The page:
Associate Attorney Career Summary
Hiring managers that have large numbers of Associate Attorney resumes to screen often will review only the career summaries to make a decision on which candidates to invite for interviews. Keep your career summary concise and to the point with the most relevant information first to spark their interest immediately
A career summary is similar to an opening statement that you would present in court and should outline essential facts about your working experience, interpersonal traits, accomplishments, and qualifications. The law environment is filled with legal jargon, but a legal eagle won't always review your resume. Ensure that the verbiage and terms used will also be understood by non-legal readers such as hiring agents and recruiters.
The aim of your summary statement is to show off the benefit and value that you can bring to the organization as opposed to merely wanting the job.
Examples of Career Summaries:
Career Summary 1
Productive, versatile Associate Attorney with extensive working tenure of seven years in all aspects of real estate transactions. Highly adept in contract negotiations, business rights litigation, and civil law codes about individual property rights with extensive exposure to civil courts client representations. Completed a Juris Doctor Degree with a GPA of 3.9 and achieved the highest score in the State Attorney Bar Examination.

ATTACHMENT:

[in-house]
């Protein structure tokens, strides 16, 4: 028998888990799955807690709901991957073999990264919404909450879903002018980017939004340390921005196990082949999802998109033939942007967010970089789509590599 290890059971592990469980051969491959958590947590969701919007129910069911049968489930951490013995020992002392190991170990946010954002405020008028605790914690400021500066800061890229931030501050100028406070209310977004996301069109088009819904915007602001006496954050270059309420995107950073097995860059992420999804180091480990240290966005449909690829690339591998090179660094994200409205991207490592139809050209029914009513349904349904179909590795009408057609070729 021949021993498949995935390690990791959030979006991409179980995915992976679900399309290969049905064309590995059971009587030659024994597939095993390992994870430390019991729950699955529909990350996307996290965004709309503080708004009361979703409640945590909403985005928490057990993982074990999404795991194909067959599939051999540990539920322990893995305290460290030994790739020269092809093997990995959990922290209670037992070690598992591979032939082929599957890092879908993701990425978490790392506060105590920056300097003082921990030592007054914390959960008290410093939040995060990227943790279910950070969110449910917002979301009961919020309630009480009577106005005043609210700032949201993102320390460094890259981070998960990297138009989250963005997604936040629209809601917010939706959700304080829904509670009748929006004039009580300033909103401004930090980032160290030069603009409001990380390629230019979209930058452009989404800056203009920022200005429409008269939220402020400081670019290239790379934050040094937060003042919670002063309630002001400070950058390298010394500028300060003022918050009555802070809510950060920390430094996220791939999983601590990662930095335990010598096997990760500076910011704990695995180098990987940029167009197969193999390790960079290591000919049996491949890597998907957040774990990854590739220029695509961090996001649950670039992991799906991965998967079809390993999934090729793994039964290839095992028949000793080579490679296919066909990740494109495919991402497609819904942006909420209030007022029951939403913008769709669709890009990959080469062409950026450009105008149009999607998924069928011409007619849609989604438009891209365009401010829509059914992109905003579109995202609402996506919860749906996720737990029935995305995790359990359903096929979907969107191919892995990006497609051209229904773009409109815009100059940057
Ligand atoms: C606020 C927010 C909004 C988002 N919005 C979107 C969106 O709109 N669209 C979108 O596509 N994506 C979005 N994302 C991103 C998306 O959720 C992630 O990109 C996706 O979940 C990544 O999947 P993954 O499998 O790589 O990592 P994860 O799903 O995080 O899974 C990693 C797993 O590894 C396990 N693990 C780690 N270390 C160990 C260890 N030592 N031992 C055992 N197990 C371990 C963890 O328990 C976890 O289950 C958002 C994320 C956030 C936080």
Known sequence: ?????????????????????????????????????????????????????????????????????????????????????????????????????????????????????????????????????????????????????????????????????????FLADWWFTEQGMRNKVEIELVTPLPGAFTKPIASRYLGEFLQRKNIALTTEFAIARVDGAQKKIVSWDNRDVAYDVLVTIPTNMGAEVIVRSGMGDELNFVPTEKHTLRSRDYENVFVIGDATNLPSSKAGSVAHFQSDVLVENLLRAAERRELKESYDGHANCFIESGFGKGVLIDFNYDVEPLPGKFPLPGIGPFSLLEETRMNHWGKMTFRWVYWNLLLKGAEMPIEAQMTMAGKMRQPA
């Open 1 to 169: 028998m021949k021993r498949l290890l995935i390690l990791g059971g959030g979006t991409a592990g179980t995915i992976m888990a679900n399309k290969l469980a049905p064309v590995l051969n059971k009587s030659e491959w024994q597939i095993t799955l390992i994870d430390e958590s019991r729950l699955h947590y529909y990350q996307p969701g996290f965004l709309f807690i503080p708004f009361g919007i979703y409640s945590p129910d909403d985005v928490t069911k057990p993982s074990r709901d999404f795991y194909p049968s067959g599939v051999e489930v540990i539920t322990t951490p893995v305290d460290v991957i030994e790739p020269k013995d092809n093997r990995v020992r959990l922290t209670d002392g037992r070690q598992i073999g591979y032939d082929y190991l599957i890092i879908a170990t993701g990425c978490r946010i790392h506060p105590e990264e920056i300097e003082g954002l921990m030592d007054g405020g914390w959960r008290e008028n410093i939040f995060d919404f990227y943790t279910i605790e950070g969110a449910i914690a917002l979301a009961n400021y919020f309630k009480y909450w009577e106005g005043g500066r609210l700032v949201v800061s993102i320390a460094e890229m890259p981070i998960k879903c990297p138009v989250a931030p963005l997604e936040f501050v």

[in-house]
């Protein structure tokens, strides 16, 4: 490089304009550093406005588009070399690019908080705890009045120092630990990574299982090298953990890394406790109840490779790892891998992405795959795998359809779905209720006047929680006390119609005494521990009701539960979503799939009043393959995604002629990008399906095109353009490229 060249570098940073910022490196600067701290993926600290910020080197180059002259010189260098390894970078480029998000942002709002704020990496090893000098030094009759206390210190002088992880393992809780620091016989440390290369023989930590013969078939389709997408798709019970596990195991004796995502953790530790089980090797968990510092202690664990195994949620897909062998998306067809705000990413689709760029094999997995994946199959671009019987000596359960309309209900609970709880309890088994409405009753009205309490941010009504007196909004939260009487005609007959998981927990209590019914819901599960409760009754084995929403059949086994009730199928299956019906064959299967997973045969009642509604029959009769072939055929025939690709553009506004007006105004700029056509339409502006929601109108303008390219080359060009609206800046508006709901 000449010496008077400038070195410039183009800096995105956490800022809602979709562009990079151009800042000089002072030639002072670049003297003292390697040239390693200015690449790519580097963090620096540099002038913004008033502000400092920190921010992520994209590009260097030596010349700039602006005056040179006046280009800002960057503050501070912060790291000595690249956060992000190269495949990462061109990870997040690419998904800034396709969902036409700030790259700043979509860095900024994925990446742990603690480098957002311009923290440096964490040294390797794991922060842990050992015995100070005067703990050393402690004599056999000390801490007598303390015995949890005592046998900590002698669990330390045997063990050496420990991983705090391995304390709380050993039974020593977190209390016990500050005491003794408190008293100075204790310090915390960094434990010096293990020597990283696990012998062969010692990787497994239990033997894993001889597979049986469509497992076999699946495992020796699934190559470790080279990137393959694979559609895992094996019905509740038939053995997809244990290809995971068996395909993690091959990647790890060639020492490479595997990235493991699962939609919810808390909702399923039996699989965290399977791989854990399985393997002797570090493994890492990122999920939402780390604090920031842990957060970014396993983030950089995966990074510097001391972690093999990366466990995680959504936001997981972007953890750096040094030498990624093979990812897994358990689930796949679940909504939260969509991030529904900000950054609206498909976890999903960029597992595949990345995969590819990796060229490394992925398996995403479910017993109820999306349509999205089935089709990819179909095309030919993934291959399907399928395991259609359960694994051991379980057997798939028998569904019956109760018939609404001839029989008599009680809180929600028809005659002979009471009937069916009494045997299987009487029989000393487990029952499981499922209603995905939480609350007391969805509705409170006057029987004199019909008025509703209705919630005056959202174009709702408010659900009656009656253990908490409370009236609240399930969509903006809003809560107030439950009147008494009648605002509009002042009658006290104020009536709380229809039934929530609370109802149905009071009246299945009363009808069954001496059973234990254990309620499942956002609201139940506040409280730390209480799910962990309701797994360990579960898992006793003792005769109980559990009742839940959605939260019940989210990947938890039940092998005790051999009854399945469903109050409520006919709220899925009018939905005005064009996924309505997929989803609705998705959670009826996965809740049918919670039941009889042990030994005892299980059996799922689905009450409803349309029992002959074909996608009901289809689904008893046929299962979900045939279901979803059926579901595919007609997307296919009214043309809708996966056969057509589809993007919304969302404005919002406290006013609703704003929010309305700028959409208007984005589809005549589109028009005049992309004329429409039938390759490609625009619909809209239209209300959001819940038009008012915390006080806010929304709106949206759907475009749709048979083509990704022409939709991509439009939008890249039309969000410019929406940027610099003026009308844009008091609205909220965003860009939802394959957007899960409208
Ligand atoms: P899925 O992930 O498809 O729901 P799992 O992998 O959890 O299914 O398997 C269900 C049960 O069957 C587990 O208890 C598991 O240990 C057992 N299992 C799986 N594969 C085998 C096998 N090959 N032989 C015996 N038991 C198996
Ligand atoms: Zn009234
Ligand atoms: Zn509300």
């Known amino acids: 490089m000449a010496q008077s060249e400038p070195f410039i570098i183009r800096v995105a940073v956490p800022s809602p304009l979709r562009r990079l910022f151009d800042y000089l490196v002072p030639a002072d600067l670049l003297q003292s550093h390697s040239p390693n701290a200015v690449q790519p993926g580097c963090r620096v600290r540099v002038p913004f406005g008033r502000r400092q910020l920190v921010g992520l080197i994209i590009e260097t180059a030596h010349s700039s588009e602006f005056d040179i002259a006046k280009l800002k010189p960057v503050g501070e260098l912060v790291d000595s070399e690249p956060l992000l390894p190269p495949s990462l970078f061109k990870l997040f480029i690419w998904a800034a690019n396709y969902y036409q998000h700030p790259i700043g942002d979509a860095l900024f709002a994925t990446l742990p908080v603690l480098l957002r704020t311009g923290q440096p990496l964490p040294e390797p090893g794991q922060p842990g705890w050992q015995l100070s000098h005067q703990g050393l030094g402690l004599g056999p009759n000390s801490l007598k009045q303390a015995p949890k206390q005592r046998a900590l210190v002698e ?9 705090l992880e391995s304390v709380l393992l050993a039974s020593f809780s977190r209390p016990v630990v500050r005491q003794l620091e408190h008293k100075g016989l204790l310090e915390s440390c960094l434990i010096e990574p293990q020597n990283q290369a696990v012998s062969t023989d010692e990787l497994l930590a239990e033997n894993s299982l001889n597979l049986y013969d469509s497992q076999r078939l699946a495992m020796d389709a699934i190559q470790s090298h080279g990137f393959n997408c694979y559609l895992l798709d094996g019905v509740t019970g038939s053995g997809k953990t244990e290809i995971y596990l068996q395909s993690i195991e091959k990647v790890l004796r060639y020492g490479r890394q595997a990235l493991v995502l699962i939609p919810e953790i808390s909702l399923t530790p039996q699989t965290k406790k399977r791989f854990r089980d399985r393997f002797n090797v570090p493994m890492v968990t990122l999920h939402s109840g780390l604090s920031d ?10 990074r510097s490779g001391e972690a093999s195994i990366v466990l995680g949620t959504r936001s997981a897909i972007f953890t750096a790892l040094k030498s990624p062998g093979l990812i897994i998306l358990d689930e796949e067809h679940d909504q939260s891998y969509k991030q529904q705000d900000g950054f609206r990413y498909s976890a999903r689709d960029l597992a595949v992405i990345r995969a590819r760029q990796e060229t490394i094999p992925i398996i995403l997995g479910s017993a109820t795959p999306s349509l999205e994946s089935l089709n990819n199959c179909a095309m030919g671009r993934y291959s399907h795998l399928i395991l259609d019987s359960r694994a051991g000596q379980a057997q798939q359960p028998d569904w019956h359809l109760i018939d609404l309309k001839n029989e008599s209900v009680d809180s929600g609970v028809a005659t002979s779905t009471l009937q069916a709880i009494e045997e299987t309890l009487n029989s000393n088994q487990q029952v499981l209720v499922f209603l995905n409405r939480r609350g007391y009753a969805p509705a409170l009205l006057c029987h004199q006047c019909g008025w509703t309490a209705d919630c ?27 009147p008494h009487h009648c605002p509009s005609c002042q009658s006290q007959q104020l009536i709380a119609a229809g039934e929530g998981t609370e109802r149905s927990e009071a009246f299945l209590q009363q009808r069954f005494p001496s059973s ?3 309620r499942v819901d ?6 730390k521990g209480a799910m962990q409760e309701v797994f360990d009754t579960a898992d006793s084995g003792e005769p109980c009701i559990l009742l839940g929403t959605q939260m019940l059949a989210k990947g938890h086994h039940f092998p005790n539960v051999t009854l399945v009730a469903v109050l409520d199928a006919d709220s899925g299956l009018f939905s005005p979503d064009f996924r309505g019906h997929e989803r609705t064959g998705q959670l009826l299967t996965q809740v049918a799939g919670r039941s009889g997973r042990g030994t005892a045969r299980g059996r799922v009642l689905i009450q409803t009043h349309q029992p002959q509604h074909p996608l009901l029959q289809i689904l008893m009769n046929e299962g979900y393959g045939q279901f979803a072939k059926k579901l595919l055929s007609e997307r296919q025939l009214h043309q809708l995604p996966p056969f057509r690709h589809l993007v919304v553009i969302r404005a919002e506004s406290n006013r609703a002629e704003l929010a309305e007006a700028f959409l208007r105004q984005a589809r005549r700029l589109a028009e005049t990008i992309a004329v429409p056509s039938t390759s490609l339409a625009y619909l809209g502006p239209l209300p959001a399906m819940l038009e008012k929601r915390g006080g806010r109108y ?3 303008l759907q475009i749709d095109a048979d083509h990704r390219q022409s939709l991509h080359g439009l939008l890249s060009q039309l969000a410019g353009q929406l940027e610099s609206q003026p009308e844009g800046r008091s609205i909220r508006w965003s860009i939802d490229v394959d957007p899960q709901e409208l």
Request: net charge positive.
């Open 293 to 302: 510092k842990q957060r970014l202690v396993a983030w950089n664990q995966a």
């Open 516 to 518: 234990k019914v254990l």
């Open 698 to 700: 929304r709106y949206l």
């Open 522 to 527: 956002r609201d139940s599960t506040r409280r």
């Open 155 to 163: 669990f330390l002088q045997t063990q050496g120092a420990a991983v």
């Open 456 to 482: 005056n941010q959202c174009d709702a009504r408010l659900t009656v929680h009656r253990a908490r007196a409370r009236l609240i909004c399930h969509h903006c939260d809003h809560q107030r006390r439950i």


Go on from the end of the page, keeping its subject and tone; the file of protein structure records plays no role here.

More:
Career Summary 2
Intellectually curious junior level Associate Attorney with one-year full-time experience under the mentorship of a Criminal Law Attorney Partner. Acquired thorough knowledge of criminal court proceedings, depositions and defense strategies, and case law. Finished Law School as the top student for the class of 2018 and attempting the Bar Admission Exam in the next three months.
Career Summary 3
A highly focused and analytical Associate Attorney specializing in Entertainment Law practices. Over a decade of experience in contract reviews for local and international singer/songwriter artists. Top Associate in terms of billable hours for the last three years and up for a Junior Partner promotion in the next quarter. Fluent in French, Spanish, and English.
Associate Attorney Job Descriptions and Responsibilities
An Associate Attorney’s career path commences with a Junior Associate Attorney’s role, and then promotions will occur as you gain more experience into Senior Associate positions. The career span of an Associate Attorney typically lasts from six to nine years before the option of partnership is presented. The job descriptions below are categorized by the various career stages of an Associate Attorney: